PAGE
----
Paul Davey, 88, died May 5, 2019 at his home in Baton Rouge, LA, following a long illness. He is survived by his nephews Rex (Miriam), Gerald (Kay), and Kent (Lana) Davey, and nieces Janet and Candy Davey, and their families. He was preceded in death by his wife, Barbara Baustian Davey, parents, Marion Stephen and Margaret Dunn Davey, and his brothers, Jack (Gloria) and Rex (Florence) Davey. Born and raised in West Monroe, LA, Paul was a retired physics and mathematics professor at SUNY Fredonia. Prior to his long career in teaching, he performed classified nuclear fission research for the Department of Defense/U.S. Navy. He was a graduate of Ouachita Parish High School, Louisiana Polytechnic Institute (1951), Iowa State University (1954), and University of Nebraska (1964). Paul was an avid outdoorsman, having grown up hunting squirrels and waterfowl along the Ouachita River, with his brothers, father, and close friends Wood Sers and Alva Rutledge. Later he enjoyed turkey hunting in the Allegheny Mountains and on the Seneca Nation with close friends and colleagues in Western New York. He was also a tinkerer and a woodworker and loved his pet cats, Samson and Delilah (Dee). He had an abiding interest in the Old West, inspired by stories from his orphaned father who was raised by California gold miners, and by nightly family read-aloud sessions from the works of Zane Grey, Louis L'Amour, Rudyard Kipling, and other adventure writers. Along with wife Barb, Paul was a longtime supporter of natural history enjoyment, wilderness conservation, and the arts. He also enjoyed regularly traveling to Louisiana to visit relatives and old friends, and traveling both within the country and abroad, with his wife, brother-in-law Bob, and in later years, with special friend Doris Padgett. Paul developed a lifelong love for books and ideas, and surrounded himself with great works of literature. Though famously independent-minded and analytical in outlook, Paul had a twinkle in his eye and an affinity for mirth and occasional mischief. He greatly enjoyed the company of family and friends, particularly at "Happy Hour." Paul was known for his wit, geniality, gentlemanly manners, and for the frequently uttered phrase, "This is simple and straightforward." Special thanks go to the staff at St. James Place, particularly Dr. Robert Chasuk, nurse Netia Winfield, and caring companion Donald Sensley. A memorial celebration of Paul's life will be held at St. James Place Bar " Happy Hour," on Friday May 24.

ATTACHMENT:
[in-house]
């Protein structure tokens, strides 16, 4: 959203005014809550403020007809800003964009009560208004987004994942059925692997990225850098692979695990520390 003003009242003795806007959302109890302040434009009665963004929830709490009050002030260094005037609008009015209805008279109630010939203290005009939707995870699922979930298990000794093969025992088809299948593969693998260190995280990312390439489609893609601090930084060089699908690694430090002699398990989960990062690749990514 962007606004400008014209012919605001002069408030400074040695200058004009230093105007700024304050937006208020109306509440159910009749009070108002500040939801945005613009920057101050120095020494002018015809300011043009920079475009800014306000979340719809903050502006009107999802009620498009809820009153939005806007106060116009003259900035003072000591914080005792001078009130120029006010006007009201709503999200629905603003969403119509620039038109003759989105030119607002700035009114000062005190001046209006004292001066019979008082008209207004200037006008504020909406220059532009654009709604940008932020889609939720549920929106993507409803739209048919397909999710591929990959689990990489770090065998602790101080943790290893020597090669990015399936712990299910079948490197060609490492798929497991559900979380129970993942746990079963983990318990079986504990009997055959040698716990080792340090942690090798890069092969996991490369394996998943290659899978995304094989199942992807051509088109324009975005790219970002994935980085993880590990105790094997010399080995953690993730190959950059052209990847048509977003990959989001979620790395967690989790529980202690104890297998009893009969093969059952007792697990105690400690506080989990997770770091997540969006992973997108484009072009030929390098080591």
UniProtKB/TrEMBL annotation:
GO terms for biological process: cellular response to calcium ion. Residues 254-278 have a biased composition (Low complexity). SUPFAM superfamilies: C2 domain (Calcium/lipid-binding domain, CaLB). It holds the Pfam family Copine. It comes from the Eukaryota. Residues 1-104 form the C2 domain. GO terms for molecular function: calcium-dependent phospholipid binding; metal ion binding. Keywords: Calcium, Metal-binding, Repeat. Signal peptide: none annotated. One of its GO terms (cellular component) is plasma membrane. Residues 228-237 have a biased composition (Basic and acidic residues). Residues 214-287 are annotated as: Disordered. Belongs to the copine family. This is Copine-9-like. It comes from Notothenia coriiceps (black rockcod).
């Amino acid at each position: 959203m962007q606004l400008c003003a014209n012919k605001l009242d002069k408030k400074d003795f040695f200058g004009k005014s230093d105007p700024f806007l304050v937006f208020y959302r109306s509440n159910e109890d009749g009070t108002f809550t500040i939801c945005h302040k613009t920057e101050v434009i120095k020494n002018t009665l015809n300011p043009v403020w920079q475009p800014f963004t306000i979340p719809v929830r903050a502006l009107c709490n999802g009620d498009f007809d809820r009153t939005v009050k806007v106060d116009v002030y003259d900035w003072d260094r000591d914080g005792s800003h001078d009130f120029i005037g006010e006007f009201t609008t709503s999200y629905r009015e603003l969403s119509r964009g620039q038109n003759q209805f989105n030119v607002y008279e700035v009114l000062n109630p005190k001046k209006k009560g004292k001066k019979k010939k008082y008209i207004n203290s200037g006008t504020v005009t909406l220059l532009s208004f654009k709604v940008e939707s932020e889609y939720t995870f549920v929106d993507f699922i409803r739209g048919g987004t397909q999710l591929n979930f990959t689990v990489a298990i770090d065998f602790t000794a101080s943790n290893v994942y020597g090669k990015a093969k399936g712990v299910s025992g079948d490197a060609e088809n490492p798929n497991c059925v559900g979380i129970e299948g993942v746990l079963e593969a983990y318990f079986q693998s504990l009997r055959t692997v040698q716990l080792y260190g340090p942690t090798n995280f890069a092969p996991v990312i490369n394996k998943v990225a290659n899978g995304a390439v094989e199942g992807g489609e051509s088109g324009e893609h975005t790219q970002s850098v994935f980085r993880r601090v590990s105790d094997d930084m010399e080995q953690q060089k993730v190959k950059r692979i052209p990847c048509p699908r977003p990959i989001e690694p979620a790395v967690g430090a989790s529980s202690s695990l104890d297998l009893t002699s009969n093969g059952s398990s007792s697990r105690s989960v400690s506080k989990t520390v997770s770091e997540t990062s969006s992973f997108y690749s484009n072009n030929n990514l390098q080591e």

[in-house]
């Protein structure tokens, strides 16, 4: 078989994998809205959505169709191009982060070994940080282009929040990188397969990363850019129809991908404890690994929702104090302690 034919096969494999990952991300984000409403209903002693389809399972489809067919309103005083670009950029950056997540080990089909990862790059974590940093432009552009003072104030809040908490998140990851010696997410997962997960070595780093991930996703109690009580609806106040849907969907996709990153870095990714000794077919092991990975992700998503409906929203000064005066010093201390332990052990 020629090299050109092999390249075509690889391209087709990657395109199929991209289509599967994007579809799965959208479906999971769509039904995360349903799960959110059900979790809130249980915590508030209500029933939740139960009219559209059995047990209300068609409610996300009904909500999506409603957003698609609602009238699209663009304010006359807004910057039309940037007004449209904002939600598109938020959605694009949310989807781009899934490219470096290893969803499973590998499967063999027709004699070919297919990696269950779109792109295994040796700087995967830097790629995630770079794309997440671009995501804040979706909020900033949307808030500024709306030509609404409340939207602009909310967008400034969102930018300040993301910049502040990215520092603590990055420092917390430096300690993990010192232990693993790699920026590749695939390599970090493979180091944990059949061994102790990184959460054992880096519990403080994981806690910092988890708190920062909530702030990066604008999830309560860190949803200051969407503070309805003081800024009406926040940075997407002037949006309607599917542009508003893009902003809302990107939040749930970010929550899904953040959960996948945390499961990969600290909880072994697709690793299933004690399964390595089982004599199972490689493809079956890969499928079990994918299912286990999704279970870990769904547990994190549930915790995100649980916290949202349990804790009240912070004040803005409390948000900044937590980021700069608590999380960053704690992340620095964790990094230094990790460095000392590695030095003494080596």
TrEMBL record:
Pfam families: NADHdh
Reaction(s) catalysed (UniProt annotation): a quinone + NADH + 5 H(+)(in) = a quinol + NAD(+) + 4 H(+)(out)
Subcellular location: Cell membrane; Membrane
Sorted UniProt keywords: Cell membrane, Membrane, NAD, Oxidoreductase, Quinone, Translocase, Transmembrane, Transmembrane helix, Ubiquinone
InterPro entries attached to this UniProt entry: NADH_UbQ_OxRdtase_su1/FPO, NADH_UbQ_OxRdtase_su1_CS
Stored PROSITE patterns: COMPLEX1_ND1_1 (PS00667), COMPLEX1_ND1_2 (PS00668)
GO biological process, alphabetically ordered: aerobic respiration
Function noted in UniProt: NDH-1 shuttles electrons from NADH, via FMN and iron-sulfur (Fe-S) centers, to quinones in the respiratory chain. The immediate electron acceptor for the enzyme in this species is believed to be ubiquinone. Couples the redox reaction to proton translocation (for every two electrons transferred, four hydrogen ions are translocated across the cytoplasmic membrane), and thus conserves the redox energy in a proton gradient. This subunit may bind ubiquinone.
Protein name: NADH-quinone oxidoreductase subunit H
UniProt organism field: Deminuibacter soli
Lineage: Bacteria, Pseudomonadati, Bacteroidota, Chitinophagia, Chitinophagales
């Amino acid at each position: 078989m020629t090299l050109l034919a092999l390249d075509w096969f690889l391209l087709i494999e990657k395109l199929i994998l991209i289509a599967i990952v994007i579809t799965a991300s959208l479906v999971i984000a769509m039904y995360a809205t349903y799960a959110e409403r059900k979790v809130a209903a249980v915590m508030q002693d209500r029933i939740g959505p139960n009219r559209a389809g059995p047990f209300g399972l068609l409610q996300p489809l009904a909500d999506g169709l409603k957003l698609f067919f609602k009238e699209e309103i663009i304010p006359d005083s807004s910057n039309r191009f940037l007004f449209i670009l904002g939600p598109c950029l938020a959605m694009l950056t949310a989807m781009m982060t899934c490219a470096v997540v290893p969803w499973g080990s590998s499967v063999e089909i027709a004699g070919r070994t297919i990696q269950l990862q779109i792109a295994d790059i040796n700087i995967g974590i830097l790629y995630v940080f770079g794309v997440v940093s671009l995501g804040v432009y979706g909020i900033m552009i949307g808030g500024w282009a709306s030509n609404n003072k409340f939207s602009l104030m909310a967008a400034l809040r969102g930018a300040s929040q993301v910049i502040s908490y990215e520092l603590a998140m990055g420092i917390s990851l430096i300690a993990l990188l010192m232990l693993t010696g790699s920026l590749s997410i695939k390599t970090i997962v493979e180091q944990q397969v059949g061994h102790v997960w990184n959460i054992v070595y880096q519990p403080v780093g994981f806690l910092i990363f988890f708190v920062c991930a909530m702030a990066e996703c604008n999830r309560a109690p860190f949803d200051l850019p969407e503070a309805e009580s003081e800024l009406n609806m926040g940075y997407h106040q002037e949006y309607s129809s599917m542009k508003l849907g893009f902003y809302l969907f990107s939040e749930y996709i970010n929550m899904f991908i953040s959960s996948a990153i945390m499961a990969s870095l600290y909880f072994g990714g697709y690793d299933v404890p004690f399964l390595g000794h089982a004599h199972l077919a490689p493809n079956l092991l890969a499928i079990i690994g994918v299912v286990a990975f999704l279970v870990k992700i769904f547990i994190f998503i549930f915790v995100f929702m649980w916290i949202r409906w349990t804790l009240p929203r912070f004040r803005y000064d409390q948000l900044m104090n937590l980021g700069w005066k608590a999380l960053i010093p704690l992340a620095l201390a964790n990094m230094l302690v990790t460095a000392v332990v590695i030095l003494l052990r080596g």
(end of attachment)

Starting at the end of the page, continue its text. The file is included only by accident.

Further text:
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Published in The Advocate from May 16 to May 24, 2019.